In addition to the annual government bonus, first-time house buyers with a Skipton LISA who use a Skipton mortgage to purchase their home will be eligible for £250 cashback.

    Apply for this LISA »


Best stocks and shares Lifetime ISAs

WARNING: As with all investing, your capital is at risk. The value of your portfolio can go down as well as up and you may get back less than you invest. Lifetime ISA rules apply.

The market for stocks and shares LISAs is a little bigger than the cash equivalent, although it's still relatively slim pickings.

How much you can ultimately make from these LISAs depends on where you choose to invest your cash.

We're not here to tell you where and how much to invest, but what we can do is outline which LISAs offer a greater range of funds for you to invest in, and which will completely manage your investments for you.

With that in mind, here are the best stocks and shares LISAs:

  1. Hargreaves Lansdown stocks and shares Lifetime ISA

    Hargreaves Landown logo

    • Minimum investment – £100 lump sum or £25/month
    • Annual fees – 0.25% base charge, plus additional charges on transactions.

    Hargreaves Lansdown has thousands of investment options to choose from (more than 3,000!).

    While this sounds great, it also means that it's best for people with knowledge of investment who want to be more hands-on when deciding where to invest.

    But that's not to say you'll be left in the dark. Their financial advisors can help out if there's anything you're unsure about.

    Apply for this LISA »


  2. AJ Bell Youinvest stocks and shares Lifetime ISA

    aj bell you invest logo

    • Minimum investment – £25/month
    • Annual fees – 0.25% base charge, plus additional charges on transactions.

    AJ Bell's Lifetime ISA offers a massive range of investment options, including shares, funds and exchange-traded funds.

    Of course, all of this requires knowledge (and, preferably, experience) of what you're investing in. If you're more of a rookie, AJ Bell also offers complete portfolios for you to invest in, with varying levels of risk.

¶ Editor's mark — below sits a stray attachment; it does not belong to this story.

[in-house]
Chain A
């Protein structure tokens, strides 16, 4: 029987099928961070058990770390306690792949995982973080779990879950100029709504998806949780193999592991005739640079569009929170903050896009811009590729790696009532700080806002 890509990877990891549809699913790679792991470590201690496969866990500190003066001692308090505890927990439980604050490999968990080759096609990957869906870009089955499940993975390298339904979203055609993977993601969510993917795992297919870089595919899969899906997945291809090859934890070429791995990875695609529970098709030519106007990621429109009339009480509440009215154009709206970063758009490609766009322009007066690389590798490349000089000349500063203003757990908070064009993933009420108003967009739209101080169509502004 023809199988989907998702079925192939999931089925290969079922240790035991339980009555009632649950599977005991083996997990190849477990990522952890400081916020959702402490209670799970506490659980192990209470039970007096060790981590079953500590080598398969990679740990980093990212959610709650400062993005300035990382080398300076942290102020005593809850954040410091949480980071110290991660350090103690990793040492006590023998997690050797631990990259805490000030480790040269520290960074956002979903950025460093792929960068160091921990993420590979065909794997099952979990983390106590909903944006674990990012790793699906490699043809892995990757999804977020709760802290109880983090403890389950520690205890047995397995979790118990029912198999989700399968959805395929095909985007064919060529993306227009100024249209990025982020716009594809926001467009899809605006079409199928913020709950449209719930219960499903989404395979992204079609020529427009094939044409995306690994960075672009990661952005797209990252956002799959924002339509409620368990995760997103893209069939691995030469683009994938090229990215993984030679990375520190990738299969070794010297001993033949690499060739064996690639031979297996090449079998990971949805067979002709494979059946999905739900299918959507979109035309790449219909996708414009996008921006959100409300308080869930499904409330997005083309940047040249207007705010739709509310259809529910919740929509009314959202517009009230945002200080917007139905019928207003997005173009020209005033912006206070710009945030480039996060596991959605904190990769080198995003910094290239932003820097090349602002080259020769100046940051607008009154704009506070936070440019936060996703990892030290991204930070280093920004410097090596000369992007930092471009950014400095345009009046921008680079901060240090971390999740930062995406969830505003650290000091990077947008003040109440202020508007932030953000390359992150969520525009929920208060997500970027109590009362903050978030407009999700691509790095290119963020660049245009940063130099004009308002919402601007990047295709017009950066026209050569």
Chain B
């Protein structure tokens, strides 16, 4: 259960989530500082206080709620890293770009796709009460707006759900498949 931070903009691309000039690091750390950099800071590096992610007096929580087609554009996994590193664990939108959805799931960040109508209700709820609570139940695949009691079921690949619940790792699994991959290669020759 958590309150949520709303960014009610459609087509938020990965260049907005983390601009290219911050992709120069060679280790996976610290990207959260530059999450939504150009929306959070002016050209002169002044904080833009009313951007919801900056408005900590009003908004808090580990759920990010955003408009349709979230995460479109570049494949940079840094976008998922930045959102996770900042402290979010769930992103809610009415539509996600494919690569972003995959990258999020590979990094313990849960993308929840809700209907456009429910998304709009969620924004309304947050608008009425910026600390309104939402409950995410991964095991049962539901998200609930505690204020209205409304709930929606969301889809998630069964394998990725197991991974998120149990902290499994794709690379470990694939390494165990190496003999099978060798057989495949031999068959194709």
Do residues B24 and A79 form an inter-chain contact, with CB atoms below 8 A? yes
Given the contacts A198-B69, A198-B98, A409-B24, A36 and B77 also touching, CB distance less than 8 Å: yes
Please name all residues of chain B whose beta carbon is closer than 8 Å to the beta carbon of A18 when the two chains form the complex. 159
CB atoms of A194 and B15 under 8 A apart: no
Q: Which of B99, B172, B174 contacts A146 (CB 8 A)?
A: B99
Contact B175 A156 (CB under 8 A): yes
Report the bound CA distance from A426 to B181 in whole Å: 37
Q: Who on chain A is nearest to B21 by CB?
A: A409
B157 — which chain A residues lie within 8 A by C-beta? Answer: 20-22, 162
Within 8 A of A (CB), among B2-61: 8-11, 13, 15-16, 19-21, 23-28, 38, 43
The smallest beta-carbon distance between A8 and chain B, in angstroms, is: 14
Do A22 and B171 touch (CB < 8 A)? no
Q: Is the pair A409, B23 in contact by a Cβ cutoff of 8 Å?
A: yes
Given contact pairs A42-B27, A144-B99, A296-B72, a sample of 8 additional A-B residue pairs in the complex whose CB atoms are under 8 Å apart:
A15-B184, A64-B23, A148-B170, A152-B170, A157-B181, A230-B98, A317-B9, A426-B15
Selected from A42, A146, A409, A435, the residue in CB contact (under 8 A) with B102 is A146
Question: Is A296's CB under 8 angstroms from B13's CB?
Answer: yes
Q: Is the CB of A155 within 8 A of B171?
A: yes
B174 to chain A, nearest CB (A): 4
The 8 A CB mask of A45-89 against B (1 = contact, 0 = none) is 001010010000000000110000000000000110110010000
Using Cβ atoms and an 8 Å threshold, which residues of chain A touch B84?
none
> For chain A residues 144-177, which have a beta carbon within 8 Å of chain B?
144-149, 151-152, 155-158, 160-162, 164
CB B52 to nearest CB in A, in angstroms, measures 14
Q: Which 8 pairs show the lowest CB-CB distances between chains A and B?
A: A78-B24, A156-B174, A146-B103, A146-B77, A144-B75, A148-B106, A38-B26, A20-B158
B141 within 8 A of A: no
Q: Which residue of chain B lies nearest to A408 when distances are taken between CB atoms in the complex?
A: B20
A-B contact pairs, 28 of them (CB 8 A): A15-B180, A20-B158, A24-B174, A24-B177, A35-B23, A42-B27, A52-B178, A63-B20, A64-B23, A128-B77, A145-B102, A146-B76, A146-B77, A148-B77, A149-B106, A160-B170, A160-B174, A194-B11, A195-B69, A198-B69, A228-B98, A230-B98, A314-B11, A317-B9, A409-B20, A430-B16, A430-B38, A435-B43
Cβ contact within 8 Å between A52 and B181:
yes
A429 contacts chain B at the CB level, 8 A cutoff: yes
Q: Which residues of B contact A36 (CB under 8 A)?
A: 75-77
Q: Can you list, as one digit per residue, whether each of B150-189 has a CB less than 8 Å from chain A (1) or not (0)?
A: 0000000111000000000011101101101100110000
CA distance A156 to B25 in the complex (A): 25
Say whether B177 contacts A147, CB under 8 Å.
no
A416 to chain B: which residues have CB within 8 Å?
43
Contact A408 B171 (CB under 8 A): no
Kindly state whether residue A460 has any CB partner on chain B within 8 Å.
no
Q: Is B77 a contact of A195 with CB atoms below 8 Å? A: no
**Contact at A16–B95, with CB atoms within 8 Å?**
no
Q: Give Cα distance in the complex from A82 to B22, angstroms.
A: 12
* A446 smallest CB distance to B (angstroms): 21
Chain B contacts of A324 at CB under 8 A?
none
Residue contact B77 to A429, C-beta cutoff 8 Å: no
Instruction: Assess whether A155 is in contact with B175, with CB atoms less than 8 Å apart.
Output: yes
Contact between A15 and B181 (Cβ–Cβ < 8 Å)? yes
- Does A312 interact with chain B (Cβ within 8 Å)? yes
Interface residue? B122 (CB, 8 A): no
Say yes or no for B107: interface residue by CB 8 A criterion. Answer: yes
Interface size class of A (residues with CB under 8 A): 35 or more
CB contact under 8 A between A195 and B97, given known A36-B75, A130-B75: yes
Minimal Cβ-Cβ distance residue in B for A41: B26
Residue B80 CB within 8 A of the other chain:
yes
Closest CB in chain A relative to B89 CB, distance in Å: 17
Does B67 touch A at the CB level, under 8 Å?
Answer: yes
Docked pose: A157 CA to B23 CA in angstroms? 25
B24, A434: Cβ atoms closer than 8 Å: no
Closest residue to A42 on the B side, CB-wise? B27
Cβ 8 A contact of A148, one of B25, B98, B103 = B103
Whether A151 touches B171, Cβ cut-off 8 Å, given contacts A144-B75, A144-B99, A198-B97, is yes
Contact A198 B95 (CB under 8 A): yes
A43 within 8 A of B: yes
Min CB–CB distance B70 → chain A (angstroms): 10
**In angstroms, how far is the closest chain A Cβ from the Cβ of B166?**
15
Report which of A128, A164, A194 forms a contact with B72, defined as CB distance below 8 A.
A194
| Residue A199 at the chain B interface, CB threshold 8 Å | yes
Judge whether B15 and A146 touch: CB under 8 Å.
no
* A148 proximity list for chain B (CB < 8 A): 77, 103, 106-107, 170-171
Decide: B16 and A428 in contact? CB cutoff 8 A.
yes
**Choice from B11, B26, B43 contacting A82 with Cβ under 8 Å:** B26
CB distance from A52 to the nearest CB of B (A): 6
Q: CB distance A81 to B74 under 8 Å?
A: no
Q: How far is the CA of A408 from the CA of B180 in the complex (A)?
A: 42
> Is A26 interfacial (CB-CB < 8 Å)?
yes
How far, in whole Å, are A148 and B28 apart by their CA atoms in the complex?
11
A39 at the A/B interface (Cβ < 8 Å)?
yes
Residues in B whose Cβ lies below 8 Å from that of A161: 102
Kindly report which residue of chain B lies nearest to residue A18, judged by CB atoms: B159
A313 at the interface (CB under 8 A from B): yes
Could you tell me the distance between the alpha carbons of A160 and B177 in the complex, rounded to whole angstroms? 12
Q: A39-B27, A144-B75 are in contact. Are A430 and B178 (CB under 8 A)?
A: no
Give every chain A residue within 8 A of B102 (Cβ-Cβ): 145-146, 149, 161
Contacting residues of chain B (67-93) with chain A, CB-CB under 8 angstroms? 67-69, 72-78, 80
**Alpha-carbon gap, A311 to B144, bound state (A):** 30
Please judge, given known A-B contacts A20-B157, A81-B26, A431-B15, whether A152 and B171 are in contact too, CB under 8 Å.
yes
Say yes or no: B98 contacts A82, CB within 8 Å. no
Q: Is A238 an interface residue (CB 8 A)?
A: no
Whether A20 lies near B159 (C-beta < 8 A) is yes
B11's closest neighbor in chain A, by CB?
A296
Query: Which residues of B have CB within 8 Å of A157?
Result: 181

Apply for this LISA »


  3. Nutmeg stocks and shares Lifetime ISA

    nutmeg logo

    • Minimum investment – £100 lump sum
    • Annual fees – Varies by portfolio.

    Nutmeg is an app/robo-advisor which takes away the hassle of deciding where to invest and makes your investments for you based on how much risk you want to go for.

    They'll ask you a few questions which will determine whether you want to play it safe or go for some riskier options. Then, one of their investment professionals will take the reigns.

    They offer five main LISA options. With a Fully Managed portfolio, the team will regularly monitor your investment and make strategic decisions to protect against losses. They also now offer Socially Responsible portfolios, which are essentially the same but with a focus on investing in companies with "high environmental, social and governance (ESG) standards".

    Their Thematic Investing portfolio focuses on growing trends in the world, including AI and energy generation. You can choose your own future-focused theme and risk level to start investing.

    Meanwhile, the Smart Alpha option is powered by J.P. Morgan Asset Management and aims to adapt your portfolio to changing market conditions.

    Finally, there's the Fixed Allocation portfolio – a cheaper option (with a 0.45% fee instead of 0.75%) which is designed to perform without intervention. See their website for more details.

    Apply for this LISA »


  4. Moneybox stocks and shares Lifetime ISA

    moneybox logo

    • Minimum investment – £1